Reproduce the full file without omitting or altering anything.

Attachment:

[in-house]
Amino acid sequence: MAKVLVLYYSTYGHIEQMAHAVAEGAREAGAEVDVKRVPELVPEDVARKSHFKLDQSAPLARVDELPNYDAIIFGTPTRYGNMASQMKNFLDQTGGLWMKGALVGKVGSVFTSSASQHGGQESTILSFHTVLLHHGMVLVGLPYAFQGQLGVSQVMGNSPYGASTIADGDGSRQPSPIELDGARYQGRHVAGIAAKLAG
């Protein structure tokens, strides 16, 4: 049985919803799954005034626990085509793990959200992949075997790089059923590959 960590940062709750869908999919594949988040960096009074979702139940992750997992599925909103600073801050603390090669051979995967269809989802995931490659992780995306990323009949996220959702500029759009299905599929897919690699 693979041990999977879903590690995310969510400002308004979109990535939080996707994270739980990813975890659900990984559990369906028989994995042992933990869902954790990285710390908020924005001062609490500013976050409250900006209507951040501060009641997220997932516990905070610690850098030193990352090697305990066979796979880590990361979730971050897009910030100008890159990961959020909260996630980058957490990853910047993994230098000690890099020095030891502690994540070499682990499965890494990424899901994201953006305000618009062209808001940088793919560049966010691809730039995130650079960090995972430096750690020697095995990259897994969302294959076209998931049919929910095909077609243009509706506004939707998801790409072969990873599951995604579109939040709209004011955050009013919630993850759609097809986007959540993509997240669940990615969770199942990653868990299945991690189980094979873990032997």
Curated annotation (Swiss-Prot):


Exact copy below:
[in-house]
Amino acid sequence: MAKVLVLYYSTYGHIEQMAHAVAEGAREAGAEVDVKRVPELVPEDVARKSHFKLDQSAPLARVDELPNYDAIIFGTPTRYGNMASQMKNFLDQTGGLWMKGALVGKVGSVFTSSASQHGGQESTILSFHTVLLHHGMVLVGLPYAFQGQLGVSQVMGNSPYGASTIADGDGSRQPSPIELDGARYQGRHVAGIAAKLAG
């Protein structure tokens, strides 16, 4: 049985919803799954005034626990085509793990959200992949075997790089059923590959 960590940062709750869908999919594949988040960096009074979702139940992750997992599925909103600073801050603390090669051979995967269809989802995931490659992780995306990323009949996220959702500029759009299905599929897919690699 693979041990999977879903590690995310969510400002308004979109990535939080996707994270739980990813975890659900990984559990369906028989994995042992933990869902954790990285710390908020924005001062609490500013976050409250900006209507951040501060009641997220997932516990905070610690850098030193990352090697305990066979796979880590990361979730971050897009910030100008890159990961959020909260996630980058957490990853910047993994230098000690890099020095030891502690994540070499682990499965890494990424899901994201953006305000618009062209808001940088793919560049966010691809730039995130650079960090995972430096750690020697095995990259897994969302294959076209998931049919929910095909077609243009509706506004939707998801790409072969990873599951995604579109939040709209004011955050009013919630993850759609097809986007959540993509997240669940990615969770199942990653868990299945991690189980094979873990032997």
Curated annotation (Swiss-Prot):